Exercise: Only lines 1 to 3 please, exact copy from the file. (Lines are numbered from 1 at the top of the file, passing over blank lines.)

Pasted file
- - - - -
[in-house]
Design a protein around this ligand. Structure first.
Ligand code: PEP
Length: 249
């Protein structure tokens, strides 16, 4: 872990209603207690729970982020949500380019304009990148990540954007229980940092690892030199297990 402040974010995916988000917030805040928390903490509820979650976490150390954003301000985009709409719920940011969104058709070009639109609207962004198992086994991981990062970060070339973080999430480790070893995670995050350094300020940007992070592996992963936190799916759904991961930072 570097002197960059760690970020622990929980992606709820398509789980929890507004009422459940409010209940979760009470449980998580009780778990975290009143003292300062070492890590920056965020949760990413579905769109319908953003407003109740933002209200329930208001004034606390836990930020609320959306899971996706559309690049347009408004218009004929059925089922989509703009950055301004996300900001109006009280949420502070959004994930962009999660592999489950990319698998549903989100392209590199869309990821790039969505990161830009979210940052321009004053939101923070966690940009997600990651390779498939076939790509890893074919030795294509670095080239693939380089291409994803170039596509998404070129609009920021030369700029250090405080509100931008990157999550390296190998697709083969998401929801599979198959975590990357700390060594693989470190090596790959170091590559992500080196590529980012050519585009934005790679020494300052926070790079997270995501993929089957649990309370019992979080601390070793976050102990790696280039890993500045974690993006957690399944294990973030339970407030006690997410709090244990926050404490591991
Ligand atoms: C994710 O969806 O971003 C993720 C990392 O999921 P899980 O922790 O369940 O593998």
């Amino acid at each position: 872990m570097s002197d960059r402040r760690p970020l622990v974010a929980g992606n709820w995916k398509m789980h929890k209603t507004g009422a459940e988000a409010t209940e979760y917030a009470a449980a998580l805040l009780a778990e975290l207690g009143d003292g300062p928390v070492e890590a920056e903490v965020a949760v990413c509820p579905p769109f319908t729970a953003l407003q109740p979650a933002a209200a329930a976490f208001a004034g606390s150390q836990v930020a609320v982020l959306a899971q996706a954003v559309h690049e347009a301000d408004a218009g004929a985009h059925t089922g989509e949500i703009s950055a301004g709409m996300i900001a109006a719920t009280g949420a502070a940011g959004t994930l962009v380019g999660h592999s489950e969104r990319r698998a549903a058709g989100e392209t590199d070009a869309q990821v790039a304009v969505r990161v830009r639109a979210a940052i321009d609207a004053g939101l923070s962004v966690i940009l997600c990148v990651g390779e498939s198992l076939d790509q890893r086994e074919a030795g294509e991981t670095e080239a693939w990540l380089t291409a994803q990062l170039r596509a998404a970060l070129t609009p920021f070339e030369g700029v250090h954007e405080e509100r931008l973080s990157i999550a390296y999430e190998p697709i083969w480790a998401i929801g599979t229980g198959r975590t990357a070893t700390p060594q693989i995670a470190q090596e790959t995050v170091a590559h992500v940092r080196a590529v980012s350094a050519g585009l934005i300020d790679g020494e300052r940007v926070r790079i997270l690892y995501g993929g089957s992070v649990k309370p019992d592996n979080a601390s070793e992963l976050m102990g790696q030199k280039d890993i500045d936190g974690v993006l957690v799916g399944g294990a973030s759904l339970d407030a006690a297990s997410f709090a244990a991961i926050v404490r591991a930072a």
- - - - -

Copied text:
[in-house]
Design a protein around this ligand. Structure first.
Ligand code: PEP